Last fall, AYSO 605 and the soccer fields at Mallard Creek Park were at a crossroads.
Leaders of the local youth soccer organization saw a dire need to improve the playing surfaces of the park's eight fields. But Mecklenburg County Park and Recreation had limited resources for field revitalization, especially because of recent steep budget cuts.
So AYSO 605 leaders moved ahead and took on the project themselves. After a year of rallying volunteers and tapping into its own bank accounts, ASYO (American Youth Soccer Organization, region 605) is now playing its first full season on fields that live up to their expectations.
With more grass seed to sow and more ruts to fill, the work is not yet finished. But volunteers with the organization say that with the proper funding of maintenance, the fields will continue to improve and maintain high standards.
AYSO 605 is a recreational soccer program for youth ages 4 1/2 to 19. Teams play in AYSO's own league structure.
This fall, the organization has 700 youth registered. Between the program's fall and spring leagues, league president Kathy Riley said, about 1,600 youth will play.
Additionally, traveling all-star teams represent Region 605 at ASYO tournaments on the sectional and national levels. In June, AYSO 605 hosted the Southeast Sectional 5 tournament, which included recreational and all-star divisions.
Organization leaders were especially interested in prepping the fields for such a prestigious tournament. Eighty teams from the Southeast participated, including 16 from Region 605.
As of last fall, the group was responsible for maintaining only two of Mallard Creek Park's eight fields. Mecklenburg Park and Recreation took care of the rest.
AYSO already had first-use rights on all the fields. But Riley solicited approval from Park and Recreation so that AYSO 605 could recondition the fields.
Charged with leading the AYSO revitalization project was field coordinator Kevin Smith, a volunteer like all AYSO adult leaders.
He has two adult children who came through the program and another who still plays.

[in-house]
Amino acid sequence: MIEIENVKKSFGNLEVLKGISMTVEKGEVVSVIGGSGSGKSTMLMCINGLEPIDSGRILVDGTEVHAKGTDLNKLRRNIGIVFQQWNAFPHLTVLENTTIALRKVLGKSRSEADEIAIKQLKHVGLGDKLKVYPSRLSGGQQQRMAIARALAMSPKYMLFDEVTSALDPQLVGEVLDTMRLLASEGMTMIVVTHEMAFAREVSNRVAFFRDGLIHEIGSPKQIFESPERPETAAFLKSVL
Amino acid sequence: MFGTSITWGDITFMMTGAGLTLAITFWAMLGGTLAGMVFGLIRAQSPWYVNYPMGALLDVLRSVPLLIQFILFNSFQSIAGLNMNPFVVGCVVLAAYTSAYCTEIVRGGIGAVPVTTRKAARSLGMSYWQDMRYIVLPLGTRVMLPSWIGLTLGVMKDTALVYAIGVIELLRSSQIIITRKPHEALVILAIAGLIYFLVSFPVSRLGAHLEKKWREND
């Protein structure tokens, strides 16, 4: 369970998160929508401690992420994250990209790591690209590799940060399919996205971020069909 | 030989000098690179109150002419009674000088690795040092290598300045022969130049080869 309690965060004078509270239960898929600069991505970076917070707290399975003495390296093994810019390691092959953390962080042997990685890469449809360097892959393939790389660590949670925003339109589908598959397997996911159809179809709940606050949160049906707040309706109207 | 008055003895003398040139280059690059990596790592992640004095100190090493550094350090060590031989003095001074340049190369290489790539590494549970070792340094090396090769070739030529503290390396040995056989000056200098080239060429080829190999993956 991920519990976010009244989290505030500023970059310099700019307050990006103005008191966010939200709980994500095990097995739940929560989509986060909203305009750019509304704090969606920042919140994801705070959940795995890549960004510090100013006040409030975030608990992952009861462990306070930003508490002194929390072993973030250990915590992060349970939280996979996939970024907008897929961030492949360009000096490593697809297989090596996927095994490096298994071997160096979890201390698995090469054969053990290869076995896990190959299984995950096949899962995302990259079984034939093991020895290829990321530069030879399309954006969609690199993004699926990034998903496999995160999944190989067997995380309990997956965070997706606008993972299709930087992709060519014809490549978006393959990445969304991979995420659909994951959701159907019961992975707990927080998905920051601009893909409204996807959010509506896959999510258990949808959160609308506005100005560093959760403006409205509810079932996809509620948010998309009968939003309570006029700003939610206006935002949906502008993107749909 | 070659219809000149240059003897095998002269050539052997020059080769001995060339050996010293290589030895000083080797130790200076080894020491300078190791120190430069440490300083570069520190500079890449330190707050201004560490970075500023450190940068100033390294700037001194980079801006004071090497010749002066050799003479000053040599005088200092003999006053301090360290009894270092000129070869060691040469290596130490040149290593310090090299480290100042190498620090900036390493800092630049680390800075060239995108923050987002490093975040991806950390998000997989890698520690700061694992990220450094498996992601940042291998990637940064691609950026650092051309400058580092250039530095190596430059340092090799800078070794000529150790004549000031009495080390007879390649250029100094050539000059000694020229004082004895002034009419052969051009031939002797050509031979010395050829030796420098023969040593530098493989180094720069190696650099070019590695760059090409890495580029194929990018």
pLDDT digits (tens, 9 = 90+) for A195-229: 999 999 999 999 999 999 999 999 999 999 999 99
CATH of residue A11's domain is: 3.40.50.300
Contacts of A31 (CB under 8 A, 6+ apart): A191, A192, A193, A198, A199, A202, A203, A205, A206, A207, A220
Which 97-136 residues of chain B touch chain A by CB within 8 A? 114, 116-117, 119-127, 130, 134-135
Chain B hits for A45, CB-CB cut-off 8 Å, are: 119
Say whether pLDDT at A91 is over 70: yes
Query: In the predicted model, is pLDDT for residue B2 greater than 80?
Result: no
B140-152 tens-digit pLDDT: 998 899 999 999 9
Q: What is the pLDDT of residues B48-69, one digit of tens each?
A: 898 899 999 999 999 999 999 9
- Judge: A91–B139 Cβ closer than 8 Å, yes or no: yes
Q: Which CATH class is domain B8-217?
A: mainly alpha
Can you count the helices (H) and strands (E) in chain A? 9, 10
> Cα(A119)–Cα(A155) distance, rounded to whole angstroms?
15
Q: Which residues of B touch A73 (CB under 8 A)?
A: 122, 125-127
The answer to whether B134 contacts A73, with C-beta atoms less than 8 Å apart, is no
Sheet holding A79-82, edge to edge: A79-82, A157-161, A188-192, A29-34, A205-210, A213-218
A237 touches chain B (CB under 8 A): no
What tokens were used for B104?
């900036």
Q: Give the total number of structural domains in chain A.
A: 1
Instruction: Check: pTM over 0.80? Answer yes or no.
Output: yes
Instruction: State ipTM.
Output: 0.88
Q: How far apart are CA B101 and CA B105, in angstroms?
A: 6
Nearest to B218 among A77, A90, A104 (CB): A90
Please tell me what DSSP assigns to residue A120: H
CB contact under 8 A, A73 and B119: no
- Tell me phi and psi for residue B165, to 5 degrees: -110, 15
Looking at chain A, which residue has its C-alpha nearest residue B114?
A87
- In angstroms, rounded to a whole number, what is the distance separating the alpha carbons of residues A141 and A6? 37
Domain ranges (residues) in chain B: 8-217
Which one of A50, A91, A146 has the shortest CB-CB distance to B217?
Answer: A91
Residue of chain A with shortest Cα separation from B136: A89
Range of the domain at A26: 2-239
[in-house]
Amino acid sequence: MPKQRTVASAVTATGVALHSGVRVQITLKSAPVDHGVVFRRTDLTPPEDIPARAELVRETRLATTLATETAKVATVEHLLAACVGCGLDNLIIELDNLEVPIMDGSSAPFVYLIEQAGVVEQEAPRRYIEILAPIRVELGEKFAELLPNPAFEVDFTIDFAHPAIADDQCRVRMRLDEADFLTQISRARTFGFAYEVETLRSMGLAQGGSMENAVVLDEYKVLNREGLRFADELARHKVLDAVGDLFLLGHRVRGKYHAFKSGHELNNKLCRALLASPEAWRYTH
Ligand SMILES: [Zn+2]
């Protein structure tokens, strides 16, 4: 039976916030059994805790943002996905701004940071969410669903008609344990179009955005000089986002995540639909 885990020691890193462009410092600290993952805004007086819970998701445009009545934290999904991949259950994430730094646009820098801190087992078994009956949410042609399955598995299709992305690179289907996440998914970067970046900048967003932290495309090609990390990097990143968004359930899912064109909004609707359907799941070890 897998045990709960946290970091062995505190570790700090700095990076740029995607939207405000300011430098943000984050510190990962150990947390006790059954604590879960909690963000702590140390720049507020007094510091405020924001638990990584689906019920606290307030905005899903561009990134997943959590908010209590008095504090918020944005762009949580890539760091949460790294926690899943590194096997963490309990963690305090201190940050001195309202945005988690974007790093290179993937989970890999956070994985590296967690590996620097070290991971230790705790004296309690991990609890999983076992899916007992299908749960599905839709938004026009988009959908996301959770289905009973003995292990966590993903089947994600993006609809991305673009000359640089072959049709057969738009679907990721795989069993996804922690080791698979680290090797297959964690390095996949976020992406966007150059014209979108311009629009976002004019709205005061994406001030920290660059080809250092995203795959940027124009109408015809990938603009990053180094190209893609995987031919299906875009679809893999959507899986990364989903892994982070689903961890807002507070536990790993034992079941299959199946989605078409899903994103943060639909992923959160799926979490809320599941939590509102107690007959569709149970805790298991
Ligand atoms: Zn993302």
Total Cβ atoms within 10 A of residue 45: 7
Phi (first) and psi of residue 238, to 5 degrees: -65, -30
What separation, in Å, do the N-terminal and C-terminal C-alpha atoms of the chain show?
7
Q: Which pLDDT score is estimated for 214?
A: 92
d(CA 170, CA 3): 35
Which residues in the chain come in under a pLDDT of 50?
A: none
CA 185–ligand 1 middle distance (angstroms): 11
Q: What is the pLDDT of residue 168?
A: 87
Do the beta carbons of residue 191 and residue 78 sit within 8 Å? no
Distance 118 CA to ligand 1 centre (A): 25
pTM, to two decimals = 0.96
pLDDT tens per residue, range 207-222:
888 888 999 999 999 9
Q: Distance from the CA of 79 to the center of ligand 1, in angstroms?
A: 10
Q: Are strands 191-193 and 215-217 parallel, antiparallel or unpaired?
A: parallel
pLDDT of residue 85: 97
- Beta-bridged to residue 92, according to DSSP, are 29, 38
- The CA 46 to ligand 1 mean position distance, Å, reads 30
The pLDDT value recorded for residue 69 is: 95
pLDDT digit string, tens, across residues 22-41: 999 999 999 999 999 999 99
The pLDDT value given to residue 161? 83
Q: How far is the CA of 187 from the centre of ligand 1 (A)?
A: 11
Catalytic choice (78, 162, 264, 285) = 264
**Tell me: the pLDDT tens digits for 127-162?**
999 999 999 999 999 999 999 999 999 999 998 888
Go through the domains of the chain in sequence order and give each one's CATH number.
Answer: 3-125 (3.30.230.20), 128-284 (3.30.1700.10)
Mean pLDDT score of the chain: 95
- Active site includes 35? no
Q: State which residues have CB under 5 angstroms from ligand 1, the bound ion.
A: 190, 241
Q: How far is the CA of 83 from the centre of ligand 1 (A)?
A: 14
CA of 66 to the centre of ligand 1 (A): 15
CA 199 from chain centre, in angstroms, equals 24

"In the fall, everyone was talking about the fields," said Smith, "... that something needed to be done. When the word got out that we needed volunteers, it just kind of snowballed."
Smith solicited bids from private contractors to recondition the six fields the organization was newly responsible for. The bids ranged between $30,000 and $50,000, an amount the soccer program could not support.
As an alternative, Smith talked with a local hardware dealer (Faulk Brothers) about purchasing supplies such as grass seed, fertilizer and soil conditioner and leasing equipment such as spreaders and aerators.
Park and Recreation also repaired some field irrigation problems, and AYSO hired a landscaper from Knoxville, Tenn., who happened to be an AYSO parent, to help with the heavy field repair work.
Smith recruited AYSO volunteers to bring their muscle and yard tools to three workdays over the course of the past 12 months. At the final work day in August, 35 people helped.
"The people did a good job of laying the soil," said Anurag Garhyan, a first-year AYSO coach.
"When we had all that rain (recently), the fields drained really well."
The total cost of the project ended up at $18,000. AYSO has taken on added costs of $5,500-$6,500 per month for lawn-care supplies and grass cutting.
Riley said the program may have to increase its participation fees, but only as a last resort. ASYO leaders are examining ways to attract sponsorship money and grants to offset the program's new costs.